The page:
Community Garden

Creation was never meant to be caged. In the garden, God walked among His creation, and existence was couched in “togetherness.” Even now, much of God’s redeeming work centers on unification. God has been known to shake off chains, break open jail cells, and obliterate separating lines. The tomb is open, membership in the Body is open, and God’s welcoming arms are open. Even the gates of Heaven will remain open for all eternity (Rev. 21:25).

Despite the inherent openness of our God, the sin-scarred world in which we live persists in creating division. Be it fence, wall, or boundary, we simply cannot help ourselves: we must segregate. Security posts, combination locks, restrictive petting zoos–these are faint echoes of our fallenness, subtle reminders of the curse we’re under. Fruit of the poisonous tree, so to speak.

A few summers back, shortly after a violent thunderstorm, I was driving around the neighborhood near our house. As I stopped at a traffic light, I noticed that the deluge had filled some potholes with rainwater. Two small children were sitting in the largest pothole, water coming over their hips. The girl was wearing a swimsuit, and the boy had peeled off his t-shirt. A rubber duck floated between them as the children splashed merrily in the filthy water. These children had turned a muddy pothole into a wading pool. I watched them play for a few moments, until the angry honking of drivers behind me jolted my attention back to the road and destination ahead.

One block from the potholes stands a bright, gleaming new playground. Recipient of grants and community-beautification awards, this playground and recreation area has done much to improve the atmosphere of the community. The cast-iron sign at the intersection reads, “Hope Corner.” It is truly beautiful.

But Hope Corner is fenced in, off-limits to the public.

More recently, I happened upon a group of teenagers playing basketball outside a privately owned playground and basketball court, which had been fenced in and firmly locked. One of the teens had hopped the fence, rolled the portable basketball hoop to the perimeter of the playground, and positioned the hoop so that it peeked over the top of the fence. The teens then played a game of basketball on the parking lot and sidewalk outside, taking shots at the basket locked inside the fence. Well-placed shots bounced off the backboard and returned. Anytime a ball went rogue, one of the players quickly climbed the fence to retrieve it.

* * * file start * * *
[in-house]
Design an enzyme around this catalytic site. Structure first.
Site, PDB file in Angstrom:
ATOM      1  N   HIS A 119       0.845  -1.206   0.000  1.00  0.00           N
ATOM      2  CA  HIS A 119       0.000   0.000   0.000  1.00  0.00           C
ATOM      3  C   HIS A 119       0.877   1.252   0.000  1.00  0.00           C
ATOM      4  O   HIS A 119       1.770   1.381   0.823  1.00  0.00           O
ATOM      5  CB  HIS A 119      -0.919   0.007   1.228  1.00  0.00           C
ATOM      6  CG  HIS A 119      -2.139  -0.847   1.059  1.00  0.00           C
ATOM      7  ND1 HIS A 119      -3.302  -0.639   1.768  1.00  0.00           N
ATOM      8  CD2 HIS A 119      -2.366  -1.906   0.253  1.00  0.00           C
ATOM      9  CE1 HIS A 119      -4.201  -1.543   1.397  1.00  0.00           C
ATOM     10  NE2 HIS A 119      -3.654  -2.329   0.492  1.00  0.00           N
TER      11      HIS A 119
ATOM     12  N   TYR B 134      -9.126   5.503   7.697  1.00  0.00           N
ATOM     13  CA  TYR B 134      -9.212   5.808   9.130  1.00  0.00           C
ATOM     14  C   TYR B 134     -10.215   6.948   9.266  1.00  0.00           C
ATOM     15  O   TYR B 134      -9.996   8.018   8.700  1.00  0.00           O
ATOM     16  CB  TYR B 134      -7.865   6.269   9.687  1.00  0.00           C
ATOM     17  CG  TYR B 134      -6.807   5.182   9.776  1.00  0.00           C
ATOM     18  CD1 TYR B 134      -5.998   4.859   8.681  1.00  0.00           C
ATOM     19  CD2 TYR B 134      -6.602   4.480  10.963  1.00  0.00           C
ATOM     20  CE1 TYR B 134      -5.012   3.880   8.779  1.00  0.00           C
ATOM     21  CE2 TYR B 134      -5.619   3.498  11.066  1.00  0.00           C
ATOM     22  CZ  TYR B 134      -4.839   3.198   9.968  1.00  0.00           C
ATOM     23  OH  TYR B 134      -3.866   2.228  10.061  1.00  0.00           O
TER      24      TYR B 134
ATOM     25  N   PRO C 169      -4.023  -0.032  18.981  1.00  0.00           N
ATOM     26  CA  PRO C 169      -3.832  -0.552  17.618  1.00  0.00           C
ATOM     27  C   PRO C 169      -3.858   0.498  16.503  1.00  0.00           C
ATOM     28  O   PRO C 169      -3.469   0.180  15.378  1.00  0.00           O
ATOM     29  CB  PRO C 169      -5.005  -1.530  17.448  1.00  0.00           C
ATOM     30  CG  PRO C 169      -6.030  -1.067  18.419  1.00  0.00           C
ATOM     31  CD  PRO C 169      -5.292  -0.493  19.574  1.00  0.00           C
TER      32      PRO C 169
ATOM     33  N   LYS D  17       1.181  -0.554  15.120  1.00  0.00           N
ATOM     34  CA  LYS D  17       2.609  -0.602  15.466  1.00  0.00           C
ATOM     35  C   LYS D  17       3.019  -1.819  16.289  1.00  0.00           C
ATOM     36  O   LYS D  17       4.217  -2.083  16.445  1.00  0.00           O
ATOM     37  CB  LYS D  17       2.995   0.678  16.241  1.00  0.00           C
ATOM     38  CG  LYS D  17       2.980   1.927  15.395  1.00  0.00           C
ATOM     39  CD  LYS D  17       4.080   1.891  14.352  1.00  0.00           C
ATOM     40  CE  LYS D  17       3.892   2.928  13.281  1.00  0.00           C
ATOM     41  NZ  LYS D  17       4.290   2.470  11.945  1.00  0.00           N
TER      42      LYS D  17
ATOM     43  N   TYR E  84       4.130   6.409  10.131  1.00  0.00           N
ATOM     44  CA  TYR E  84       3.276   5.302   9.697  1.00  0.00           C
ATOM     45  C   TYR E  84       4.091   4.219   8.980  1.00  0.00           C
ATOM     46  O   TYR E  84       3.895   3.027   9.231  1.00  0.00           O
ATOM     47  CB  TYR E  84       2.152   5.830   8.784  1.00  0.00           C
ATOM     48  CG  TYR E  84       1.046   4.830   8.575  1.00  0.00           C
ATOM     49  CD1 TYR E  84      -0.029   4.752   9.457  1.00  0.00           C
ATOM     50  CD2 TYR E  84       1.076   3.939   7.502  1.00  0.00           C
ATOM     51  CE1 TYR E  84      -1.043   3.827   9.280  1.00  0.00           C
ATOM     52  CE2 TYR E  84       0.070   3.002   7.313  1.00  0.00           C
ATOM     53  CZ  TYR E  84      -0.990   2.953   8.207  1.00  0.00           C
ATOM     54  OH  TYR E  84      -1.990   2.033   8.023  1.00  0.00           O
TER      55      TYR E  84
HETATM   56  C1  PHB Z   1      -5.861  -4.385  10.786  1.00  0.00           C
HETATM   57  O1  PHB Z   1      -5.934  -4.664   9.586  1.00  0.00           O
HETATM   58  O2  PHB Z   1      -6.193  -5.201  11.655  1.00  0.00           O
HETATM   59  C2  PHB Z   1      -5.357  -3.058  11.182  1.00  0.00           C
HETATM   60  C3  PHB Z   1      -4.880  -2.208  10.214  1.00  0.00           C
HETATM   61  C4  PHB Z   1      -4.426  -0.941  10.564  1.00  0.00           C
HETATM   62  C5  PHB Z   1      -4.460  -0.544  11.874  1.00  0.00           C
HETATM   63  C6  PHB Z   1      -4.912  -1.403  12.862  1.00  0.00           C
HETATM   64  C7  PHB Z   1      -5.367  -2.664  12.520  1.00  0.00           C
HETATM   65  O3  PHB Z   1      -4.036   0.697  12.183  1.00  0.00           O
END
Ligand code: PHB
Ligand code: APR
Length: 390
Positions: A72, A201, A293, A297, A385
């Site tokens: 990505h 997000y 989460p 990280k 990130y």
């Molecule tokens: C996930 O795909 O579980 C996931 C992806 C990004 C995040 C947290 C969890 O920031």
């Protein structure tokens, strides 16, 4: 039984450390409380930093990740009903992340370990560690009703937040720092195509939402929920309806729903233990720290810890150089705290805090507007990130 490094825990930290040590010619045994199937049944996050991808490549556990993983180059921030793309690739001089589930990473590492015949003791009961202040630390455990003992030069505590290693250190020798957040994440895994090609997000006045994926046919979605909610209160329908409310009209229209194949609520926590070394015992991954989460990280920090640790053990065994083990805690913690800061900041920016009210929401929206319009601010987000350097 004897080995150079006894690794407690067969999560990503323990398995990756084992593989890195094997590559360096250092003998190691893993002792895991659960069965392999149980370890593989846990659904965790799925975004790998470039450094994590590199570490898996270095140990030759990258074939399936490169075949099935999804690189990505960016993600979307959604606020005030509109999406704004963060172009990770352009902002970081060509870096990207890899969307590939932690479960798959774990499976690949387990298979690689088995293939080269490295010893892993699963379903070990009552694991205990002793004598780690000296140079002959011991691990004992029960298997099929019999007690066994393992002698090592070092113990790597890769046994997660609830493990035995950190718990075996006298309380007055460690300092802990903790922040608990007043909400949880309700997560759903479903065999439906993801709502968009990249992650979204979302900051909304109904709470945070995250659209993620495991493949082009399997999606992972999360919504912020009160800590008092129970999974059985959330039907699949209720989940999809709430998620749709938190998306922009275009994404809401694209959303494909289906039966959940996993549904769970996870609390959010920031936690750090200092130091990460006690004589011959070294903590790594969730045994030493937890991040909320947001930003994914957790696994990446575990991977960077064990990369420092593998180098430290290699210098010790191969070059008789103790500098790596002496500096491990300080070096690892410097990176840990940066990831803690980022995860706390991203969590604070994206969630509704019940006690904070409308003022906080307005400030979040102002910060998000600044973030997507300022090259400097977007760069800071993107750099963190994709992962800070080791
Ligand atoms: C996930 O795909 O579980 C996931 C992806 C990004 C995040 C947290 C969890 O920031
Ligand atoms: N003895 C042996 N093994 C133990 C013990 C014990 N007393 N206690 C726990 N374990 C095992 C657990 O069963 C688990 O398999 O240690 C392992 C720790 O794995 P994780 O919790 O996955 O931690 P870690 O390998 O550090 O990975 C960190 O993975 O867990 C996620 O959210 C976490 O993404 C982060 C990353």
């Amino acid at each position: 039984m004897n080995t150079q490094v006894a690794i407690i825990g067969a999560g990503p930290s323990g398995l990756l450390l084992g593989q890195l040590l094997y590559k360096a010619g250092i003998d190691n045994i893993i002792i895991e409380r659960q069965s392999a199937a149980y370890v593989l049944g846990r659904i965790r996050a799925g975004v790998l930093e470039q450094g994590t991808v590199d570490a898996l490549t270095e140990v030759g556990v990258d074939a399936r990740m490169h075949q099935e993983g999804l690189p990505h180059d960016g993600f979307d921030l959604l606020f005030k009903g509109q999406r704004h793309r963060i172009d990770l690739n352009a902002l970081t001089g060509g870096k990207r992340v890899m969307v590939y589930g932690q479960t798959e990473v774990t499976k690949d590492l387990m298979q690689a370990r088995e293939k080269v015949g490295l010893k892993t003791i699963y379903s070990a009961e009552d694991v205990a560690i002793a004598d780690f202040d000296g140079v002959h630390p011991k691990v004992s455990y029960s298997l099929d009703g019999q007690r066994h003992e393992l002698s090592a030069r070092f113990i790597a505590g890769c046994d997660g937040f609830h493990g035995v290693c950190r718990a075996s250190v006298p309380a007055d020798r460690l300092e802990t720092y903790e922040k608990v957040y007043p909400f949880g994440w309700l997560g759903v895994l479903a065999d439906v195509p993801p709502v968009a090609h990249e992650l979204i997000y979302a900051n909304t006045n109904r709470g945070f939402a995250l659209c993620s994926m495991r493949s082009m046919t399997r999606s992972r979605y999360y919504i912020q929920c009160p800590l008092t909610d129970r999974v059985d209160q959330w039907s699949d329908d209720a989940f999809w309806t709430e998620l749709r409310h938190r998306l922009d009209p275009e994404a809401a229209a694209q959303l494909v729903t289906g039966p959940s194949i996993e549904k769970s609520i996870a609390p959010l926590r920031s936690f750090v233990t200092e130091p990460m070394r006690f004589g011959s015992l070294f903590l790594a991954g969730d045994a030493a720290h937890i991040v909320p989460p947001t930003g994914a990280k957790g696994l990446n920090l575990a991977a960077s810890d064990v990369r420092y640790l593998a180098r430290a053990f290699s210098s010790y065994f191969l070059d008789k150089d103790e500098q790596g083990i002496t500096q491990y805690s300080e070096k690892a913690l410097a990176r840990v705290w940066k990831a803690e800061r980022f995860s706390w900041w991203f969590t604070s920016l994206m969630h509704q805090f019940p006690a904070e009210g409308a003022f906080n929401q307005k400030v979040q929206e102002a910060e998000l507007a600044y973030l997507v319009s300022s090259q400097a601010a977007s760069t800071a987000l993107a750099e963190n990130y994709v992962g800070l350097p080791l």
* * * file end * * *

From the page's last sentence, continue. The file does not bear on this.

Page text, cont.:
What does it say about a neighborhood when everything new and pretty is under lock and key? What does it mean to have a community park that is closed to the community? Few people invest the time, energy, and resources to create, transform, and restore spaces in our neighborhood. Even fewer have the guts to do it out in the open, with others. Perhaps it is fear that divides us, or perhaps it is pride. Maybe we don’t trust each other to seek out the good in this creation. Perhaps we don’t have faith enough to believe it could actually work. Or maybe we are just worried that someone will come along and spray paint the f-word on our sliding board. Whatever it is that keeps us purchasing barbed wire and plate glass, it has no place in the wide-open Kingdom of God.

So that got us thinking. What if we built a park, but refused to put up fences? What if we worked alongside our neighbors to create a community space, where our families can gather for fun and fellowship? Why should everything new and beautiful be visible only through a chain-link fence?

For the past year, we’ve dedicated ourselves to exploring this concept, using an old abandoned lot near our house as the site of our experiment, starting with a garden this spring. We yearn for it to serve as a podium for togetherness. Robert Frost once said, “Good fences make good neighbors.” Perhaps. But we are prepared to entertain the notion that demolished fences make better neighbors.

Do you want to be a part of this project? Click here to learn how to help.

Take a look at these pictures of the land!